How NASA is creating air traffic control for drones
The skies are about to get a lot more crowded.
By 2022, the FAA predicts there will be around three million drones doing everything from package deliveries to disaster response or just flying for fun.
But before they can share the skies, the FAA must develop a system for unmanned aircraft traffic management or UTM for short.
In other words, air traffic control for drones.
So, the system is going to have to accomodate 20 drones flying and be able to take in the data on what the operator, where they want to fly, when they want to fly, Conflict those, and then things are flying to track what's going on.
It's a daunting challenge that NASA, the FAA, and industry partners have been working on since 2015 because the system has so many moving parts.
It has to safely integrate thousands of piloted and autonomous drones from different companies flying at different altitudes and in different directions.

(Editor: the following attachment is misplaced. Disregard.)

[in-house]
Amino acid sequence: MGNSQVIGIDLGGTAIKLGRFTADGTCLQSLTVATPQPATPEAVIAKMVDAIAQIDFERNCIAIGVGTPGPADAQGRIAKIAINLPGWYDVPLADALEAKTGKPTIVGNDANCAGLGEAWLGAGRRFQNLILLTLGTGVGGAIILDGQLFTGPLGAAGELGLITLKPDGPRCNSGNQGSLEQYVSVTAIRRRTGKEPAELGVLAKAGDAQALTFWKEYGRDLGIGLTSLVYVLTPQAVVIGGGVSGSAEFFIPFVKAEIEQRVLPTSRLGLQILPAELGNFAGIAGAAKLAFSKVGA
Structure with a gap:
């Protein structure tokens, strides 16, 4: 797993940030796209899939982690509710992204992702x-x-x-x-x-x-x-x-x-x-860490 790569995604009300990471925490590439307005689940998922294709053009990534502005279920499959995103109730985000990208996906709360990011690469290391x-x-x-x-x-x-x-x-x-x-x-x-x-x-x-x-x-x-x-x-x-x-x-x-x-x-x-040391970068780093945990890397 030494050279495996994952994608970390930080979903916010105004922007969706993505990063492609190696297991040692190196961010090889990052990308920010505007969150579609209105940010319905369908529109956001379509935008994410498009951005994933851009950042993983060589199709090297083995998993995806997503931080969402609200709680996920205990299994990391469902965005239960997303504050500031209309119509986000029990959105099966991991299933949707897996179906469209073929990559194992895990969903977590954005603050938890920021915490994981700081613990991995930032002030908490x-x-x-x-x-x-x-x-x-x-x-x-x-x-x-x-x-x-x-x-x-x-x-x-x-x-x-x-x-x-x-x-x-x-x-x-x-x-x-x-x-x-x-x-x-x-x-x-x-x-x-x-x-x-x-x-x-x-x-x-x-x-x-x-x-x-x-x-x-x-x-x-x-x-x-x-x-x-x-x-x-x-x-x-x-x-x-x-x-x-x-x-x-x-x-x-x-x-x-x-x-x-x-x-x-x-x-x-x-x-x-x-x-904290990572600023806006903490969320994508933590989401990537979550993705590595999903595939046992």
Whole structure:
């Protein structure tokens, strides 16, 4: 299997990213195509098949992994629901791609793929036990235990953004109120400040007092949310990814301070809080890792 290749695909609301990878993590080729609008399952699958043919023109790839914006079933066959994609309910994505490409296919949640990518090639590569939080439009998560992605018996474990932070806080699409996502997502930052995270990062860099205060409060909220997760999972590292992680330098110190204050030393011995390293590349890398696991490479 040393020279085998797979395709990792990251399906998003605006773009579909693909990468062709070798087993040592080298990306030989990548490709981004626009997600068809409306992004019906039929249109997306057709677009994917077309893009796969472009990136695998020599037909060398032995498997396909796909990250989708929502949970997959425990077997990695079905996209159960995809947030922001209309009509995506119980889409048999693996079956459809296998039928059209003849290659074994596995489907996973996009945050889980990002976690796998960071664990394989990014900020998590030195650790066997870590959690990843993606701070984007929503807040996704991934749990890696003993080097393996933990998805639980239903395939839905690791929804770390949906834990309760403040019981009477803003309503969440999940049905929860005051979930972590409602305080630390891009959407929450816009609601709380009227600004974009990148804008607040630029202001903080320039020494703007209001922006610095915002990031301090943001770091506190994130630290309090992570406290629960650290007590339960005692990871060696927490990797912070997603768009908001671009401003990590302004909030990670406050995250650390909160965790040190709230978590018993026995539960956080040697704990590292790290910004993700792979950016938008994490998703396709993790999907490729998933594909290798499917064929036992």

And most of these drones won't be directly visible to the pilot.
And because of just the scale of it, it's gonna be highly automated.
There'll be individual pilots that want to fly a mission.
There'll be companies like Amazon, who will wanna fly thousands of missions.
And not have a pilot having one of those drones right.>> NASA is entering the final phase of testing with partners at seven different sites around the country including the state of NAVADA.
We partner with alot of international and multinational co-operations like amazon [UNKNOWN] So we focus specifically on testing aspect o communicationand navigation
And what that means is, how are drones going to operate in rural and in urban environments?
NASA is expecting to turn over technology and results to the FAA in 2019 that will set regulations.
Because even when the sky's the limit, someone has to set that limit.
In San Francisco, Lexis Avedes, CNET.COM, for CBS News.
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